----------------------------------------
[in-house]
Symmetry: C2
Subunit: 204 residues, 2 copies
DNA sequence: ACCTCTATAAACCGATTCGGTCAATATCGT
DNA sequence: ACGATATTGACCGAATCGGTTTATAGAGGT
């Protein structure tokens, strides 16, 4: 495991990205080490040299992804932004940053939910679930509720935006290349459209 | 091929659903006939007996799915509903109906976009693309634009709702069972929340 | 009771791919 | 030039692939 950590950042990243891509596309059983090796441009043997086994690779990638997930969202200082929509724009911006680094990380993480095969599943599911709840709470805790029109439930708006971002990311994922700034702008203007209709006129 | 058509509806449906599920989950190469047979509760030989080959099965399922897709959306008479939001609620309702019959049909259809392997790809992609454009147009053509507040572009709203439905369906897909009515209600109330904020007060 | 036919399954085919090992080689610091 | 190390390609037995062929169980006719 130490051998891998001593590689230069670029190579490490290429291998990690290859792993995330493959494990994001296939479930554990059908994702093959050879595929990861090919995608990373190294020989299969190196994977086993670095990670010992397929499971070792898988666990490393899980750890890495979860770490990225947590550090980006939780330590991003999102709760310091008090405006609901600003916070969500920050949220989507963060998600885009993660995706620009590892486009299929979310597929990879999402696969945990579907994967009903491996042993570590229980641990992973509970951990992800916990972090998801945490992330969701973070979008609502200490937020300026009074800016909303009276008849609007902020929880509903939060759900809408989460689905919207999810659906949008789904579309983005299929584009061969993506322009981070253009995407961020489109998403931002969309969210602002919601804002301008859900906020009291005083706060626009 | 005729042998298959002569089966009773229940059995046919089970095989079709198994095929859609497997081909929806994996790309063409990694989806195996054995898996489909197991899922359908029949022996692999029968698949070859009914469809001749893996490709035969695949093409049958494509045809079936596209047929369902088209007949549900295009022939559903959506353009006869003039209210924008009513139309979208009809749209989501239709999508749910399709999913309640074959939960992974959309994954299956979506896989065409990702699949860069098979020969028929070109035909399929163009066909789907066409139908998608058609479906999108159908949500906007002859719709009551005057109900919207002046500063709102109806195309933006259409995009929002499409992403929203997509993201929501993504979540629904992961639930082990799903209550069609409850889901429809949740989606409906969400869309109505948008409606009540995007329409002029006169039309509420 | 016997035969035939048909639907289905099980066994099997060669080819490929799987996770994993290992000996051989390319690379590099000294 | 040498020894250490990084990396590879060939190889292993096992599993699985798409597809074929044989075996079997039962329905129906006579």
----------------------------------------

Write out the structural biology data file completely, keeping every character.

[in-house]
Symmetry: C2
Subunit: 204 residues, 2 copies
DNA sequence: ACCTCTATAAACCGATTCGGTCAATATCGT
DNA sequence: ACGATATTGACCGAATCGGTTTATAGAGGT
């Protein structure tokens, strides 16, 4: 495991990205080490040299992804932004940053939910679930509720935006290349459209 | 091929659903006939007996799915509903109906976009693309634009709702069972929340 | 009771791919 | 030039692939 950590950042990243891509596309059983090796441009043997086994690779990638997930969202200082929509724009911006680094990380993480095969599943599911709840709470805790029109439930708006971002990311994922700034702008203007209709006129 | 058509509806449906599920989950190469047979509760030989080959099965399922897709959306008479939001609620309702019959049909259809392997790809992609454009147009053509507040572009709203439905369906897909009515209600109330904020007060 | 036919399954085919090992080689610091 | 190390390609037995062929169980006719 130490051998891998001593590689230069670029190579490490290429291998990690290859792993995330493959494990994001296939479930554990059908994702093959050879595929990861090919995608990373190294020989299969190196994977086993670095990670010992397929499971070792898988666990490393899980750890890495979860770490990225947590550090980006939780330590991003999102709760310091008090405006609901600003916070969500920050949220989507963060998600885009993660995706620009590892486009299929979310597929990879999402696969945990579907994967009903491996042993570590229980641990992973509970951990992800916990972090998801945490992330969701973070979008609502200490937020300026009074800016909303009276008849609007902020929880509903939060759900809408989460689905919207999810659906949008789904579309983005299929584009061969993506322009981070253009995407961020489109998403931002969309969210602002919601804002301008859900906020009291005083706060626009 | 005729042998298959002569089966009773229940059995046919089970095989079709198994095929859609497997081909929806994996790309063409990694989806195996054995898996489909197991899922359908029949022996692999029968698949070859009914469809001749893996490709035969695949093409049958494509045809079936596209047929369902088209007949549900295009022939559903959506353009006869003039209210924008009513139309979208009809749209989501239709999508749910399709999913309640074959939960992974959309994954299956979506896989065409990702699949860069098979020969028929070109035909399929163009066909789907066409139908998608058609479906999108159908949500906007002859719709009551005057109900919207002046500063709102109806195309933006259409995009929002499409992403929203997509993201929501993504979540629904992961639930082990799903209550069609409850889901429809949740989606409906969400869309109505948008409606009540995007329409002029006169039309509420 | 016997035969035939048909639907289905099980066994099997060669080819490929799987996770994993290992000996051989390319690379590099000294 | 040498020894250490990084990396590879060939190889292993096992599993699985798409597809074929044989075996079997039962329905129906006579």